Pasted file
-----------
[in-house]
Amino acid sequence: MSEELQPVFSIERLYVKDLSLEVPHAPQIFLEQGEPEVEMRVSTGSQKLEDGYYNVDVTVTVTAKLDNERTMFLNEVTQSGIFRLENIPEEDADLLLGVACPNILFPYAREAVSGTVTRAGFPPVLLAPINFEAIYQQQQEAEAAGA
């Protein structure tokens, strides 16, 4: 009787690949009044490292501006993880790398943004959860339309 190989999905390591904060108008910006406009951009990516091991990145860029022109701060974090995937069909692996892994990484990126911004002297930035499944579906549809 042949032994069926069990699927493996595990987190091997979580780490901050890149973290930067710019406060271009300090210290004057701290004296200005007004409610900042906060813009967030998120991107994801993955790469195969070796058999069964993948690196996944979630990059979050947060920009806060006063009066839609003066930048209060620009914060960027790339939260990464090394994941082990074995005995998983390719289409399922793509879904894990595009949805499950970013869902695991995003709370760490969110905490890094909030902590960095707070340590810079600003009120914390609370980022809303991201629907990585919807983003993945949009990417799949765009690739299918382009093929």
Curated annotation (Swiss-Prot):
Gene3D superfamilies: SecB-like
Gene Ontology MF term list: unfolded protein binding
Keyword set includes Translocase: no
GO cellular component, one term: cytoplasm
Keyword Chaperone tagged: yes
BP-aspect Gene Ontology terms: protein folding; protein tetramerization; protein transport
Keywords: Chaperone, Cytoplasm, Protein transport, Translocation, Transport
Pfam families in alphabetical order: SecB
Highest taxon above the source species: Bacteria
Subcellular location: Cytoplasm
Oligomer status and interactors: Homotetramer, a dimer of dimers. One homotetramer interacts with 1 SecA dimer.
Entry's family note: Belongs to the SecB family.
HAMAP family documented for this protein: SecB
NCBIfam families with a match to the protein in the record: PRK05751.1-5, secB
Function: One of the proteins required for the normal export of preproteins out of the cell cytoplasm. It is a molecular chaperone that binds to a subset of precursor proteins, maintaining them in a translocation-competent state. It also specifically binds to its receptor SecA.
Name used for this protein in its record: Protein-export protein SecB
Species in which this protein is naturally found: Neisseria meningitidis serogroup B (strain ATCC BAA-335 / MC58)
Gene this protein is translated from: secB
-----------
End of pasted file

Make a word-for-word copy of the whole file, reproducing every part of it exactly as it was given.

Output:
[in-house]
Amino acid sequence: MSEELQPVFSIERLYVKDLSLEVPHAPQIFLEQGEPEVEMRVSTGSQKLEDGYYNVDVTVTVTAKLDNERTMFLNEVTQSGIFRLENIPEEDADLLLGVACPNILFPYAREAVSGTVTRAGFPPVLLAPINFEAIYQQQQEAEAAGA
């Protein structure tokens, strides 16, 4: 009787690949009044490292501006993880790398943004959860339309 190989999905390591904060108008910006406009951009990516091991990145860029022109701060974090995937069909692996892994990484990126911004002297930035499944579906549809 042949032994069926069990699927493996595990987190091997979580780490901050890149973290930067710019406060271009300090210290004057701290004296200005007004409610900042906060813009967030998120991107994801993955790469195969070796058999069964993948690196996944979630990059979050947060920009806060006063009066839609003066930048209060620009914060960027790339939260990464090394994941082990074995005995998983390719289409399922793509879904894990595009949805499950970013869902695991995003709370760490969110905490890094909030902590960095707070340590810079600003009120914390609370980022809303991201629907990585919807983003993945949009990417799949765009690739299918382009093929």
Curated annotation (Swiss-Prot):
Gene3D superfamilies: SecB-like
Gene Ontology MF term list: unfolded protein binding
Keyword set includes Translocase: no
GO cellular component, one term: cytoplasm
Keyword Chaperone tagged: yes
BP-aspect Gene Ontology terms: protein folding; protein tetramerization; protein transport
Keywords: Chaperone, Cytoplasm, Protein transport, Translocation, Transport
Pfam families in alphabetical order: SecB
Highest taxon above the source species: Bacteria
Subcellular location: Cytoplasm
Oligomer status and interactors: Homotetramer, a dimer of dimers. One homotetramer interacts with 1 SecA dimer.
Entry's family note: Belongs to the SecB family.
HAMAP family documented for this protein: SecB
NCBIfam families with a match to the protein in the record: PRK05751.1-5, secB
Function: One of the proteins required for the normal export of preproteins out of the cell cytoplasm. It is a molecular chaperone that binds to a subset of precursor proteins, maintaining them in a translocation-competent state. It also specifically binds to its receptor SecA.
Name used for this protein in its record: Protein-export protein SecB
Species in which this protein is naturally found: Neisseria meningitidis serogroup B (strain ATCC BAA-335 / MC58)
Gene this protein is translated from: secB